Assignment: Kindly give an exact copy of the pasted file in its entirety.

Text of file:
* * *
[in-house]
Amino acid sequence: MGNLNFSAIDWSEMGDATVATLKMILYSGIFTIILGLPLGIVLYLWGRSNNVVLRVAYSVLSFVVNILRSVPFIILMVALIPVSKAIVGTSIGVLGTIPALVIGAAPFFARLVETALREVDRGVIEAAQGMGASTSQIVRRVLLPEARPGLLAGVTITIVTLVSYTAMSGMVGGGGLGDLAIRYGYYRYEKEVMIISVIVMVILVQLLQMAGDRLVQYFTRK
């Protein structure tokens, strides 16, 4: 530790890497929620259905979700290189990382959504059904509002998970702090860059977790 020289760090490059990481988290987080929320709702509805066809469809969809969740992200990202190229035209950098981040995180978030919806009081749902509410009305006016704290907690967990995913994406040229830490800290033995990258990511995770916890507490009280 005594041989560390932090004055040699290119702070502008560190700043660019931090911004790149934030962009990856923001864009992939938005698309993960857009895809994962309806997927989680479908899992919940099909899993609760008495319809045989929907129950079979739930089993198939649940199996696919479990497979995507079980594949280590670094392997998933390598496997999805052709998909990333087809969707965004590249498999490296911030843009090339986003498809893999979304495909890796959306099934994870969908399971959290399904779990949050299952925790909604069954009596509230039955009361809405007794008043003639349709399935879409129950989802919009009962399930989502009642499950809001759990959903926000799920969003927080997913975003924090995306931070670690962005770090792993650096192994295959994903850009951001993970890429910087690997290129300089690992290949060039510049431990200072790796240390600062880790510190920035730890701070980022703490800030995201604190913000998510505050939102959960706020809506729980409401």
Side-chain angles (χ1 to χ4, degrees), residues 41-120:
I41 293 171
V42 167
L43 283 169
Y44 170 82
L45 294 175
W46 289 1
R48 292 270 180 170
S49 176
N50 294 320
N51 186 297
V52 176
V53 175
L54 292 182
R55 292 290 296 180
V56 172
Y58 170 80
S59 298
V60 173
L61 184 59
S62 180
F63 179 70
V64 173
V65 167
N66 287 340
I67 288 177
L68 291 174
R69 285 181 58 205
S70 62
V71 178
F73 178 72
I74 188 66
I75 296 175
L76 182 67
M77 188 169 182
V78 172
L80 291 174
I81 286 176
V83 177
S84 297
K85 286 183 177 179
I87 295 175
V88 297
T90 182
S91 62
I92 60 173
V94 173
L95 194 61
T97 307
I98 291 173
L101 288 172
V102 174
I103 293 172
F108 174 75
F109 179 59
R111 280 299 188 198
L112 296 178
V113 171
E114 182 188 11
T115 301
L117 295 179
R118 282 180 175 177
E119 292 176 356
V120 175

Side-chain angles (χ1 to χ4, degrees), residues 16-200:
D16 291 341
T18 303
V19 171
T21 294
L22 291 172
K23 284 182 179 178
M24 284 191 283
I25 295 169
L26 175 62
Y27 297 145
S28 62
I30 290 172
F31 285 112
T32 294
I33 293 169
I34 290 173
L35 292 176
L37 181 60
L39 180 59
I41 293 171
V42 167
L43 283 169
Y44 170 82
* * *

[in-house]
Amino acid sequence: MGNLNFSAIDWSEMGDATVATLKMILYSGIFTIILGLPLGIVLYLWGRSNNVVLRVAYSVLSFVVNILRSVPFIILMVALIPVSKAIVGTSIGVLGTIPALVIGAAPFFARLVETALREVDRGVIEAAQGMGASTSQIVRRVLLPEARPGLLAGVTITIVTLVSYTAMSGMVGGGGLGDLAIRYGYYRYEKEVMIISVIVMVILVQLLQMAGDRLVQYFTRK
């Protein structure tokens, strides 16, 4: 530790890497929620259905979700290189990382959504059904509002998970702090860059977790 020289760090490059990481988290987080929320709702509805066809469809969809969740992200990202190229035209950098981040995180978030919806009081749902509410009305006016704290907690967990995913994406040229830490800290033995990258990511995770916890507490009280 005594041989560390932090004055040699290119702070502008560190700043660019931090911004790149934030962009990856923001864009992939938005698309993960857009895809994962309806997927989680479908899992919940099909899993609760008495319809045989929907129950079979739930089993198939649940199996696919479990497979995507079980594949280590670094392997998933390598496997999805052709998909990333087809969707965004590249498999490296911030843009090339986003498809893999979304495909890796959306099934994870969908399971959290399904779990949050299952925790909604069954009596509230039955009361809405007794008043003639349709399935879409129950989802919009009962399930989502009642499950809001759990959903926000799920969003927080997913975003924090995306931070670690962005770090792993650096192994295959994903850009951001993970890429910087690997290129300089690992290949060039510049431990200072790796240390600062880790510190920035730890701070980022703490800030995201604190913000998510505050939102959960706020809506729980409401």
Side-chain angles (χ1 to χ4, degrees), residues 41-120:
I41 293 171
V42 167
L43 283 169
Y44 170 82
L45 294 175
W46 289 1
R48 292 270 180 170
S49 176
N50 294 320
N51 186 297
V52 176
V53 175
L54 292 182
R55 292 290 296 180
V56 172
Y58 170 80
S59 298
V60 173
L61 184 59
S62 180
F63 179 70
V64 173
V65 167
N66 287 340
I67 288 177
L68 291 174
R69 285 181 58 205
S70 62
V71 178
F73 178 72
I74 188 66
I75 296 175
L76 182 67
M77 188 169 182
V78 172
L80 291 174
I81 286 176
V83 177
S84 297
K85 286 183 177 179
I87 295 175
V88 297
T90 182
S91 62
I92 60 173
V94 173
L95 194 61
T97 307
I98 291 173
L101 288 172
V102 174
I103 293 172
F108 174 75
F109 179 59
R111 280 299 188 198
L112 296 178
V113 171
E114 182 188 11
T115 301
L117 295 179
R118 282 180 175 177
E119 292 176 356
V120 175

Side-chain angles (χ1 to χ4, degrees), residues 16-200:
D16 291 341
T18 303
V19 171
T21 294
L22 291 172
K23 284 182 179 178
M24 284 191 283
I25 295 169
L26 175 62
Y27 297 145
S28 62
I30 290 172
F31 285 112
T32 294
I33 293 169
I34 290 173
L35 292 176
L37 181 60
L39 180 59
I41 293 171
V42 167
L43 283 169
Y44 170 82